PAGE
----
Lawsuit Alleges Woman Was Fired Due to Prosthetic Leg

EEOC says Dorothy Shanks' dismissal is in direct violation of the Americans with Disabilities Act

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    Dorothy Shanks has filed a lawsuit against Staffmark Investment and its client, Sony Electronics, alleging she was fired simply because she had a prosthetic leg. Sharon Wright reports.

    Dorothy Shanks may have lost a portion of her leg, but she said she hasn't lost her ability to work.

    In a lawsuit filed this week against a staffing company, Staffmark Investment, and its client, Sony Electronics, the U.S. Equal Employment Opportunity Commission alleges the Chicago-area woman was fired simply because she has a prosthetic leg.

    Shanks, of Plano, said things went well her first day on the assembly line at the Romeoville facility in October 2010. But her second day brought a surprise.

    "The lady said, 'Dorothy Shanks, would you come with me?' and then she said, 'Bring all your belongings,' and then I said, 'What, I'm not going to be working over here?' and she said, 'No, just come with me," the 60-year-old recalled Wednesday.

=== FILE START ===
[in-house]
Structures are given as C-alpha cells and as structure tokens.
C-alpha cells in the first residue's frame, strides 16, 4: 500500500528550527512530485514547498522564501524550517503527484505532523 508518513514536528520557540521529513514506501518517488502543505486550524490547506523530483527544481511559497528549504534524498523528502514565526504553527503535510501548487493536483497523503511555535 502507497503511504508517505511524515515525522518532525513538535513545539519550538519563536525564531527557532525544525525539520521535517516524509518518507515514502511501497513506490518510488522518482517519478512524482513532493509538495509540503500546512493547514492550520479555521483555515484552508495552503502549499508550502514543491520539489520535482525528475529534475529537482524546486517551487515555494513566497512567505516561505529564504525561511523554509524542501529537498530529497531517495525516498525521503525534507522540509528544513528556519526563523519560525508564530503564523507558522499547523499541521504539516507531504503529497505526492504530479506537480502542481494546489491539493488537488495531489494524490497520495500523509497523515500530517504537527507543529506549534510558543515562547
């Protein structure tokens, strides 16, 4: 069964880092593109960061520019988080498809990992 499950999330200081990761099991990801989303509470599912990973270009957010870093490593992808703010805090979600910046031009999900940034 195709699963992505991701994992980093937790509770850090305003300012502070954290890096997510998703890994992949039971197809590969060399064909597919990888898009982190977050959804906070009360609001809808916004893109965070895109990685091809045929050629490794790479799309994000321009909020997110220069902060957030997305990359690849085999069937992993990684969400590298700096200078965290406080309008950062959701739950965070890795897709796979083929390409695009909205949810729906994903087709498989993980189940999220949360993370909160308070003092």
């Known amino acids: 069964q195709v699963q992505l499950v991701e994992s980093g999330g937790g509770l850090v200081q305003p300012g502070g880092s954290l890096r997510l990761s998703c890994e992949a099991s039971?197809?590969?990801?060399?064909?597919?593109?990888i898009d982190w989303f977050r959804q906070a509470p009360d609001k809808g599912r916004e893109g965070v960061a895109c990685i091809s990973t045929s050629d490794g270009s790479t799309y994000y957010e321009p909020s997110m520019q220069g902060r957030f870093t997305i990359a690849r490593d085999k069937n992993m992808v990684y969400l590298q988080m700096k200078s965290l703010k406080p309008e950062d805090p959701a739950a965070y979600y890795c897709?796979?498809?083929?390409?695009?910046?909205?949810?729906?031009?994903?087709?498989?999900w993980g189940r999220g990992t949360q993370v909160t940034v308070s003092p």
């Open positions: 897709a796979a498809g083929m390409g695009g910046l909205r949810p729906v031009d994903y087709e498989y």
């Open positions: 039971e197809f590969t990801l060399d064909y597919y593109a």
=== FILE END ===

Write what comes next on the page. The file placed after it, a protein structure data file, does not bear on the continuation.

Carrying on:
Shanks said the Staffmark employee told her she would be put in a position that allowed her to sit, but federal investigators say she was never put on another job, despite repeated calls asking for work.

    The EEOC says her dismissal is a direct violation of the Americans with Disabilities Act.

    "The only thing I could think of that they would that they discriminate against me because I'm walking with a limp," she said.

    An attorney for Staffmark declined to comment on the lawsuit. A Sony Electronics executive says it lacks merit.

    In the meantime, Shanks has a new job and reports to work next Monday.

    "I lost my leg, true enough, but I didn't lose the willpower that I have to work," she said.